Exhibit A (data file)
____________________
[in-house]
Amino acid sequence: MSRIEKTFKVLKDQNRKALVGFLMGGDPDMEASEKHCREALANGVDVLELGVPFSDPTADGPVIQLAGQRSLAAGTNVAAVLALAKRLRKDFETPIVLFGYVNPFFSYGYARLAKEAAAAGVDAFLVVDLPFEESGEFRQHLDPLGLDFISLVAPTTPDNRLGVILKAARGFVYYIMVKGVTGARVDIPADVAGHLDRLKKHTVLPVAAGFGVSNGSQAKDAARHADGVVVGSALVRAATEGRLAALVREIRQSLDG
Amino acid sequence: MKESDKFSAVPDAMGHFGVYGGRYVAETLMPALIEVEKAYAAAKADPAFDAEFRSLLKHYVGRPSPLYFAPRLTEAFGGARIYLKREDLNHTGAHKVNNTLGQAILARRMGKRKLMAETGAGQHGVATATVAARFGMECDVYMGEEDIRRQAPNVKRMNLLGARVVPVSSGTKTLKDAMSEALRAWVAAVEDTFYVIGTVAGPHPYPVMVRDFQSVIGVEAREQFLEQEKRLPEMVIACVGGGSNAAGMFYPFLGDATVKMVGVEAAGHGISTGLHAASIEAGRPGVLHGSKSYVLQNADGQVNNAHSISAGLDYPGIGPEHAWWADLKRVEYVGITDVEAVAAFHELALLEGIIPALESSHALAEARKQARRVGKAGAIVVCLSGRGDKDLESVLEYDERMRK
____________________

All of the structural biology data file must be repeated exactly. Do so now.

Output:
[in-house]
Amino acid sequence: MSRIEKTFKVLKDQNRKALVGFLMGGDPDMEASEKHCREALANGVDVLELGVPFSDPTADGPVIQLAGQRSLAAGTNVAAVLALAKRLRKDFETPIVLFGYVNPFFSYGYARLAKEAAAAGVDAFLVVDLPFEESGEFRQHLDPLGLDFISLVAPTTPDNRLGVILKAARGFVYYIMVKGVTGARVDIPADVAGHLDRLKKHTVLPVAAGFGVSNGSQAKDAARHADGVVVGSALVRAATEGRLAALVREIRQSLDG
Amino acid sequence: MKESDKFSAVPDAMGHFGVYGGRYVAETLMPALIEVEKAYAAAKADPAFDAEFRSLLKHYVGRPSPLYFAPRLTEAFGGARIYLKREDLNHTGAHKVNNTLGQAILARRMGKRKLMAETGAGQHGVATATVAARFGMECDVYMGEEDIRRQAPNVKRMNLLGARVVPVSSGTKTLKDAMSEALRAWVAAVEDTFYVIGTVAGPHPYPVMVRDFQSVIGVEAREQFLEQEKRLPEMVIACVGGGSNAAGMFYPFLGDATVKMVGVEAAGHGISTGLHAASIEAGRPGVLHGSKSYVLQNADGQVNNAHSISAGLDYPGIGPEHAWWADLKRVEYVGITDVEAVAAFHELALLEGIIPALESSHALAEARKQARRVGKAGAIVVCLSGRGDKDLESVLEYDERMRK